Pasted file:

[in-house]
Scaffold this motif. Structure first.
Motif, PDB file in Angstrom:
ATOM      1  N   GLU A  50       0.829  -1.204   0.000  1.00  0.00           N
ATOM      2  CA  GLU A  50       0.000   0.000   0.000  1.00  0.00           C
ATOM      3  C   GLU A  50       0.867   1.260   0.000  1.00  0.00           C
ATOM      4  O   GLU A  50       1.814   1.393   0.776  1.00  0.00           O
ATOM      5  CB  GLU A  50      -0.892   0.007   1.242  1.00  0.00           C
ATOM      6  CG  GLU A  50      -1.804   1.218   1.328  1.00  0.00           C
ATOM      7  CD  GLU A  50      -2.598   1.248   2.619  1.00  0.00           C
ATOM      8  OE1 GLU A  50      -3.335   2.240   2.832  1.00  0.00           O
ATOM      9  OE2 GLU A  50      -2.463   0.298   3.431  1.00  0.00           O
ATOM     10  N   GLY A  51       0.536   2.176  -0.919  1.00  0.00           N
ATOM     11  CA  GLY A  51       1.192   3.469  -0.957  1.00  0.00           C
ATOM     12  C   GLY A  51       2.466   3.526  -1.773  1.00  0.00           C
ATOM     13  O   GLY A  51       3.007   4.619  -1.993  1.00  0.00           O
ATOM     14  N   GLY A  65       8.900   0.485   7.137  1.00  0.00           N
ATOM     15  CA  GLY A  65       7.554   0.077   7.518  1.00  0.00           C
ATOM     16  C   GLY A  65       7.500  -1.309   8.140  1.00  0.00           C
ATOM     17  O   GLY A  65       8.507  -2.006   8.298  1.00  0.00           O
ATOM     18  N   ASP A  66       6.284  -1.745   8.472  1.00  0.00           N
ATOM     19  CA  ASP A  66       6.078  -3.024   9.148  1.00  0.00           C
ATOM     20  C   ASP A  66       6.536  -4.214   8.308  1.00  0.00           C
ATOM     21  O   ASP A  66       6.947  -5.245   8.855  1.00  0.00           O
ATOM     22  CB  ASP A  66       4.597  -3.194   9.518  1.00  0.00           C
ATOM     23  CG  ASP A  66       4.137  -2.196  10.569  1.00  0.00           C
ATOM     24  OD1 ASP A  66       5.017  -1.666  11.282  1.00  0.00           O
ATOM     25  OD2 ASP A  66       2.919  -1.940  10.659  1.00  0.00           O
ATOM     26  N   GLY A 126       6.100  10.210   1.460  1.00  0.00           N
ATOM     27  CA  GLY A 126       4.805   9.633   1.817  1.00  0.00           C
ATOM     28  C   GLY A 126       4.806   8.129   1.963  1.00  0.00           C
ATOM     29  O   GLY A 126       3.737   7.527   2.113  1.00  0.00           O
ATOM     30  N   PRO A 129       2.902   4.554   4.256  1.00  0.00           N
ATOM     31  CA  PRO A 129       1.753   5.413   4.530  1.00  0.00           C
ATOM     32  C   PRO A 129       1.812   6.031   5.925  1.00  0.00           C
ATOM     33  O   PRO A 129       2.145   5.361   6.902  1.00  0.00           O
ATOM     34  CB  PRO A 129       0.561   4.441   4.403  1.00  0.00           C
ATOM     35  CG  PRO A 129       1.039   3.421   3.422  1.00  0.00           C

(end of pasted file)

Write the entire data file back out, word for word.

[in-house]
Scaffold this motif. Structure first.
Motif, PDB file in Angstrom:
ATOM      1  N   GLU A  50       0.829  -1.204   0.000  1.00  0.00           N
ATOM      2  CA  GLU A  50       0.000   0.000   0.000  1.00  0.00           C
ATOM      3  C   GLU A  50       0.867   1.260   0.000  1.00  0.00           C
ATOM      4  O   GLU A  50       1.814   1.393   0.776  1.00  0.00           O
ATOM      5  CB  GLU A  50      -0.892   0.007   1.242  1.00  0.00           C
ATOM      6  CG  GLU A  50      -1.804   1.218   1.328  1.00  0.00           C
ATOM      7  CD  GLU A  50      -2.598   1.248   2.619  1.00  0.00           C
ATOM      8  OE1 GLU A  50      -3.335   2.240   2.832  1.00  0.00           O
ATOM      9  OE2 GLU A  50      -2.463   0.298   3.431  1.00  0.00           O
ATOM     10  N   GLY A  51       0.536   2.176  -0.919  1.00  0.00           N
ATOM     11  CA  GLY A  51       1.192   3.469  -0.957  1.00  0.00           C
ATOM     12  C   GLY A  51       2.466   3.526  -1.773  1.00  0.00           C
ATOM     13  O   GLY A  51       3.007   4.619  -1.993  1.00  0.00           O
ATOM     14  N   GLY A  65       8.900   0.485   7.137  1.00  0.00           N
ATOM     15  CA  GLY A  65       7.554   0.077   7.518  1.00  0.00           C
ATOM     16  C   GLY A  65       7.500  -1.309   8.140  1.00  0.00           C
ATOM     17  O   GLY A  65       8.507  -2.006   8.298  1.00  0.00           O
ATOM     18  N   ASP A  66       6.284  -1.745   8.472  1.00  0.00           N
ATOM     19  CA  ASP A  66       6.078  -3.024   9.148  1.00  0.00           C
ATOM     20  C   ASP A  66       6.536  -4.214   8.308  1.00  0.00           C
ATOM     21  O   ASP A  66       6.947  -5.245   8.855  1.00  0.00           O
ATOM     22  CB  ASP A  66       4.597  -3.194   9.518  1.00  0.00           C
ATOM     23  CG  ASP A  66       4.137  -2.196  10.569  1.00  0.00           C
ATOM     24  OD1 ASP A  66       5.017  -1.666  11.282  1.00  0.00           O
ATOM     25  OD2 ASP A  66       2.919  -1.940  10.659  1.00  0.00           O
ATOM     26  N   GLY A 126       6.100  10.210   1.460  1.00  0.00           N
ATOM     27  CA  GLY A 126       4.805   9.633   1.817  1.00  0.00           C
ATOM     28  C   GLY A 126       4.806   8.129   1.963  1.00  0.00           C
ATOM     29  O   GLY A 126       3.737   7.527   2.113  1.00  0.00           O
ATOM     30  N   PRO A 129       2.902   4.554   4.256  1.00  0.00           N
ATOM     31  CA  PRO A 129       1.753   5.413   4.530  1.00  0.00           C
ATOM     32  C   PRO A 129       1.812   6.031   5.925  1.00  0.00           C
ATOM     33  O   PRO A 129       2.145   5.361   6.902  1.00  0.00           O
ATOM     34  CB  PRO A 129       0.561   4.441   4.403  1.00  0.00           C
ATOM     35  CG  PRO A 129       1.039   3.421   3.422  1.00  0.00           C